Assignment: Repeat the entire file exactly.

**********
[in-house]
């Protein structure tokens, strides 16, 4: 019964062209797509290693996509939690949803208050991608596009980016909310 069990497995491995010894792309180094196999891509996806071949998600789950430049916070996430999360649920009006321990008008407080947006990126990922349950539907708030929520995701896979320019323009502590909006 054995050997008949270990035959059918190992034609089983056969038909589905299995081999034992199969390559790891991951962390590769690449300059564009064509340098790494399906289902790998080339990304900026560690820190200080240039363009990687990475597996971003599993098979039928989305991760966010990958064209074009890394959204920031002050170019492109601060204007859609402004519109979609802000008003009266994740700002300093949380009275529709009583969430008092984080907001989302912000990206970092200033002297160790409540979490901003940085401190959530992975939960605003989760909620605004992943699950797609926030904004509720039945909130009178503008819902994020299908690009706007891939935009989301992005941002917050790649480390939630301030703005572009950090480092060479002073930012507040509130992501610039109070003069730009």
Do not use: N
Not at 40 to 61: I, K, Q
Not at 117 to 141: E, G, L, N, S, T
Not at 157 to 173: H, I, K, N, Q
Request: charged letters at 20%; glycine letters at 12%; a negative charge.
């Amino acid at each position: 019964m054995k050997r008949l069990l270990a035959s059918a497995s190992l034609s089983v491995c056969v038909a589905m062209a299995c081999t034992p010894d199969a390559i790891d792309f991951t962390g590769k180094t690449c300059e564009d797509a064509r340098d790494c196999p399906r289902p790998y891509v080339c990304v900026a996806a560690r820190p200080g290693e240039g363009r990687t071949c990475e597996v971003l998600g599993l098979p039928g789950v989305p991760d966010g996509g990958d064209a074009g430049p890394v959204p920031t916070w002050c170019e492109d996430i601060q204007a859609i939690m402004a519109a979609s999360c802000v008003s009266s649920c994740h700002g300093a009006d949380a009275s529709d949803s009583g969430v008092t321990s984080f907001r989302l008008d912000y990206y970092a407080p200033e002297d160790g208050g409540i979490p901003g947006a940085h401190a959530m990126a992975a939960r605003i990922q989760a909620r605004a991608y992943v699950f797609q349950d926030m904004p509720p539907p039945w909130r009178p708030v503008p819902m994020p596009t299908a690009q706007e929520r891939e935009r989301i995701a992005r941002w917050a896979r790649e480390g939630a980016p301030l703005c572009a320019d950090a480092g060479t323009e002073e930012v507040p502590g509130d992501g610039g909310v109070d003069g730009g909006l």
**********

[in-house]
């Protein structure tokens, strides 16, 4: 019964062209797509290693996509939690949803208050991608596009980016909310 069990497995491995010894792309180094196999891509996806071949998600789950430049916070996430999360649920009006321990008008407080947006990126990922349950539907708030929520995701896979320019323009502590909006 054995050997008949270990035959059918190992034609089983056969038909589905299995081999034992199969390559790891991951962390590769690449300059564009064509340098790494399906289902790998080339990304900026560690820190200080240039363009990687990475597996971003599993098979039928989305991760966010990958064209074009890394959204920031002050170019492109601060204007859609402004519109979609802000008003009266994740700002300093949380009275529709009583969430008092984080907001989302912000990206970092200033002297160790409540979490901003940085401190959530992975939960605003989760909620605004992943699950797609926030904004509720039945909130009178503008819902994020299908690009706007891939935009989301992005941002917050790649480390939630301030703005572009950090480092060479002073930012507040509130992501610039109070003069730009």
Do not use: N
Not at 40 to 61: I, K, Q
Not at 117 to 141: E, G, L, N, S, T
Not at 157 to 173: H, I, K, N, Q
Request: charged letters at 20%; glycine letters at 12%; a negative charge.
């Amino acid at each position: 019964m054995k050997r008949l069990l270990a035959s059918a497995s190992l034609s089983v491995c056969v038909a589905m062209a299995c081999t034992p010894d199969a390559i790891d792309f991951t962390g590769k180094t690449c300059e564009d797509a064509r340098d790494c196999p399906r289902p790998y891509v080339c990304v900026a996806a560690r820190p200080g290693e240039g363009r990687t071949c990475e597996v971003l998600g599993l098979p039928g789950v989305p991760d966010g996509g990958d064209a074009g430049p890394v959204p920031t916070w002050c170019e492109d996430i601060q204007a859609i939690m402004a519109a979609s999360c802000v008003s009266s649920c994740h700002g300093a009006d949380a009275s529709d949803s009583g969430v008092t321990s984080f907001r989302l008008d912000y990206y970092a407080p200033e002297d160790g208050g409540i979490p901003g947006a940085h401190a959530m990126a992975a939960r605003i990922q989760a909620r605004a991608y992943v699950f797609q349950d926030m904004p509720p539907p039945w909130r009178p708030v503008p819902m994020p596009t299908a690009q706007e929520r891939e935009r989301i995701a992005r941002w917050a896979r790649e480390g939630a980016p301030l703005c572009a320019d950090a480092g060479t323009e002073e930012v507040p502590g509130d992501g610039g909310v109070d003069g730009g909006l």